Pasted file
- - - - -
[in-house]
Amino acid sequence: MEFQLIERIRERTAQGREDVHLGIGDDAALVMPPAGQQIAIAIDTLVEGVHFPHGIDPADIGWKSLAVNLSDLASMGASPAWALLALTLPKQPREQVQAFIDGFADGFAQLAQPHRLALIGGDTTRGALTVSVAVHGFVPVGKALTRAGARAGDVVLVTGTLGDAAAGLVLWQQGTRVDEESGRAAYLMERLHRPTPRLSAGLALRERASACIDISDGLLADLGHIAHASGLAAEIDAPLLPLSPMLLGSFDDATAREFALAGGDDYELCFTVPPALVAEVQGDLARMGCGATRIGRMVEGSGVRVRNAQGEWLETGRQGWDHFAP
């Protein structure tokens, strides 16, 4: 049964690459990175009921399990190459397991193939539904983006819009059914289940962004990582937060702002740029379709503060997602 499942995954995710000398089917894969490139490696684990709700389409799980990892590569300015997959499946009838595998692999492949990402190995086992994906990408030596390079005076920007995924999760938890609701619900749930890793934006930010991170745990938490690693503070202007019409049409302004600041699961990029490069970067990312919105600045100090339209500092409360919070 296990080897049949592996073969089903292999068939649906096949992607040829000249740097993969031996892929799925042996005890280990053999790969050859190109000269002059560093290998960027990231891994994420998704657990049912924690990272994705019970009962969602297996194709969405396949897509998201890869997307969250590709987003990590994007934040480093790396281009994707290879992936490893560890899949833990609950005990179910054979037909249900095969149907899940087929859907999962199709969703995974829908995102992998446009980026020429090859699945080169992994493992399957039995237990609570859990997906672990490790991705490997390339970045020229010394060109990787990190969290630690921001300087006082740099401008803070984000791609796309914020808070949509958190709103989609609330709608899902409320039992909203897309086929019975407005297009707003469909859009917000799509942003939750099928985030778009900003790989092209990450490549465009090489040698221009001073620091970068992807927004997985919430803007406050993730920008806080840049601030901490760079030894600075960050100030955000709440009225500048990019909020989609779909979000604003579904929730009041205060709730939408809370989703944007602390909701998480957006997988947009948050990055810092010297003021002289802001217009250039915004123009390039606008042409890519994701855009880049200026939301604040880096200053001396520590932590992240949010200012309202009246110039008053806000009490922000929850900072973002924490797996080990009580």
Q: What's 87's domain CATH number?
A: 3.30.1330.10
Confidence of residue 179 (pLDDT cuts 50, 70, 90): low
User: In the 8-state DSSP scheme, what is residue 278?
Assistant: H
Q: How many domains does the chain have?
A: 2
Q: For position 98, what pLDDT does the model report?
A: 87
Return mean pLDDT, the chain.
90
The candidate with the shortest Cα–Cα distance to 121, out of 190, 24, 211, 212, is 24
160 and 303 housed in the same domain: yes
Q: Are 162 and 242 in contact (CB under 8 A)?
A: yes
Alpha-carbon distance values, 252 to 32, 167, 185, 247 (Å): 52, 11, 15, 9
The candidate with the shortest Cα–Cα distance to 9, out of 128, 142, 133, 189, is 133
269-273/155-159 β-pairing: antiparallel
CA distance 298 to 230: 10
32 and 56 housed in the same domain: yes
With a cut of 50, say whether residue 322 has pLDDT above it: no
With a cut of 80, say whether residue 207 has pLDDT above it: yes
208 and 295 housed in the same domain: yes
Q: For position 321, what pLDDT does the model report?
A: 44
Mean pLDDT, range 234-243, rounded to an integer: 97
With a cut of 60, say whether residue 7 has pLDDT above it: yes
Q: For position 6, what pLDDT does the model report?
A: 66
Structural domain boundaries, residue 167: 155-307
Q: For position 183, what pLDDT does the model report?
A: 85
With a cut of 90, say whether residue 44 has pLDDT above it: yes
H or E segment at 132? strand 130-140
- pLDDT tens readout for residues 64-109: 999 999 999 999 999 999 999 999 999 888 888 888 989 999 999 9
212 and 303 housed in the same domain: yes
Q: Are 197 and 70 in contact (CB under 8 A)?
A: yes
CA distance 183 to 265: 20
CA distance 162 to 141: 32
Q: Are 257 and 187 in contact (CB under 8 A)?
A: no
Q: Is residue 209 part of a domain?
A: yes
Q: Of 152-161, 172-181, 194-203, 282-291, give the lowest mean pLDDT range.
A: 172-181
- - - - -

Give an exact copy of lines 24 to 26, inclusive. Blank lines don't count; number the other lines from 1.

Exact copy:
With a cut of 50, say whether residue 322 has pLDDT above it: no
With a cut of 80, say whether residue 207 has pLDDT above it: yes
208 and 295 housed in the same domain: yes